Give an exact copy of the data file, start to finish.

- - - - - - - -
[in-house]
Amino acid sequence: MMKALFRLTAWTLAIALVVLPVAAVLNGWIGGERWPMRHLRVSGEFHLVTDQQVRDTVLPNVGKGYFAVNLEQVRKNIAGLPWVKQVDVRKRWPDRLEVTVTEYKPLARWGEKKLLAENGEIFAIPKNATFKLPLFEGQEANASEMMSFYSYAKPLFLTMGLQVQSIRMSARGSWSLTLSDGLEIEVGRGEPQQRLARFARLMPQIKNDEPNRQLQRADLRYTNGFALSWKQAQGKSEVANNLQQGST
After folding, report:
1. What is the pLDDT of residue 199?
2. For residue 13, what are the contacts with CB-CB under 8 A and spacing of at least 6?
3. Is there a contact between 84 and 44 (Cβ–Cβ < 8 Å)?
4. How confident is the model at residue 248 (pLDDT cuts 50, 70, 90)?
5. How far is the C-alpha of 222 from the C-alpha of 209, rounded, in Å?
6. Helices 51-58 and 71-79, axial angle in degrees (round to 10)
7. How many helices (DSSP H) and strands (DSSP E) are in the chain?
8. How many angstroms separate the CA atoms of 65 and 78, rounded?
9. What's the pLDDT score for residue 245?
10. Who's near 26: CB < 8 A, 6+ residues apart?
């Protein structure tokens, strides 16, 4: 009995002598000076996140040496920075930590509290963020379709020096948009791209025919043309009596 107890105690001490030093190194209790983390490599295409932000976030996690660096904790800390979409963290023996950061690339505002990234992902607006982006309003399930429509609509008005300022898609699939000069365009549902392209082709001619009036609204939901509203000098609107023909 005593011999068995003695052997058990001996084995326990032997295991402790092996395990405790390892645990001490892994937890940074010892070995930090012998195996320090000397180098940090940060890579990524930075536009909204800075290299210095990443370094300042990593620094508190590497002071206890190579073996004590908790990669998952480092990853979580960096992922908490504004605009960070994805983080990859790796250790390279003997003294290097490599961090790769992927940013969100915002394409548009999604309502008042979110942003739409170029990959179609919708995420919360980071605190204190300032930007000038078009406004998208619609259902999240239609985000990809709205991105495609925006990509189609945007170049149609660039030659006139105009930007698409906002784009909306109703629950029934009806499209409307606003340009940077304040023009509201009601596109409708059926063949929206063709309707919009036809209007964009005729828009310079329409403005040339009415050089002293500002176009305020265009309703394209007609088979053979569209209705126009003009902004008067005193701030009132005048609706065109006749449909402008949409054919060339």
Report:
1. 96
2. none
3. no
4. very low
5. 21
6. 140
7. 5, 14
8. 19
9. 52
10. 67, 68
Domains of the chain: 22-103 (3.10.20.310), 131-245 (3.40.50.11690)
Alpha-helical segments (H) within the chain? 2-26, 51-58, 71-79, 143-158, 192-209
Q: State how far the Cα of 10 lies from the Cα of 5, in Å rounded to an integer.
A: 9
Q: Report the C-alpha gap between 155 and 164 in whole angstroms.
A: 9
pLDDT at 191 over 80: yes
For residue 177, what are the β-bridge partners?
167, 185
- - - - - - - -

[in-house]
Amino acid sequence: MMKALFRLTAWTLAIALVVLPVAAVLNGWIGGERWPMRHLRVSGEFHLVTDQQVRDTVLPNVGKGYFAVNLEQVRKNIAGLPWVKQVDVRKRWPDRLEVTVTEYKPLARWGEKKLLAENGEIFAIPKNATFKLPLFEGQEANASEMMSFYSYAKPLFLTMGLQVQSIRMSARGSWSLTLSDGLEIEVGRGEPQQRLARFARLMPQIKNDEPNRQLQRADLRYTNGFALSWKQAQGKSEVANNLQQGST
After folding, report:
1. What is the pLDDT of residue 199?
2. For residue 13, what are the contacts with CB-CB under 8 A and spacing of at least 6?
3. Is there a contact between 84 and 44 (Cβ–Cβ < 8 Å)?
4. How confident is the model at residue 248 (pLDDT cuts 50, 70, 90)?
5. How far is the C-alpha of 222 from the C-alpha of 209, rounded, in Å?
6. Helices 51-58 and 71-79, axial angle in degrees (round to 10)
7. How many helices (DSSP H) and strands (DSSP E) are in the chain?
8. How many angstroms separate the CA atoms of 65 and 78, rounded?
9. What's the pLDDT score for residue 245?
10. Who's near 26: CB < 8 A, 6+ residues apart?
């Protein structure tokens, strides 16, 4: 009995002598000076996140040496920075930590509290963020379709020096948009791209025919043309009596 107890105690001490030093190194209790983390490599295409932000976030996690660096904790800390979409963290023996950061690339505002990234992902607006982006309003399930429509609509008005300022898609699939000069365009549902392209082709001619009036609204939901509203000098609107023909 005593011999068995003695052997058990001996084995326990032997295991402790092996395990405790390892645990001490892994937890940074010892070995930090012998195996320090000397180098940090940060890579990524930075536009909204800075290299210095990443370094300042990593620094508190590497002071206890190579073996004590908790990669998952480092990853979580960096992922908490504004605009960070994805983080990859790796250790390279003997003294290097490599961090790769992927940013969100915002394409548009999604309502008042979110942003739409170029990959179609919708995420919360980071605190204190300032930007000038078009406004998208619609259902999240239609985000990809709205991105495609925006990509189609945007170049149609660039030659006139105009930007698409906002784009909306109703629950029934009806499209409307606003340009940077304040023009509201009601596109409708059926063949929206063709309707919009036809209007964009005729828009310079329409403005040339009415050089002293500002176009305020265009309703394209007609088979053979569209209705126009003009902004008067005193701030009132005048609706065109006749449909402008949409054919060339």
Report:
1. 96
2. none
3. no
4. very low
5. 21
6. 140
7. 5, 14
8. 19
9. 52
10. 67, 68
Domains of the chain: 22-103 (3.10.20.310), 131-245 (3.40.50.11690)
Alpha-helical segments (H) within the chain? 2-26, 51-58, 71-79, 143-158, 192-209
Q: State how far the Cα of 10 lies from the Cα of 5, in Å rounded to an integer.
A: 9
Q: Report the C-alpha gap between 155 and 164 in whole angstroms.
A: 9
pLDDT at 191 over 80: yes
For residue 177, what are the β-bridge partners?
167, 185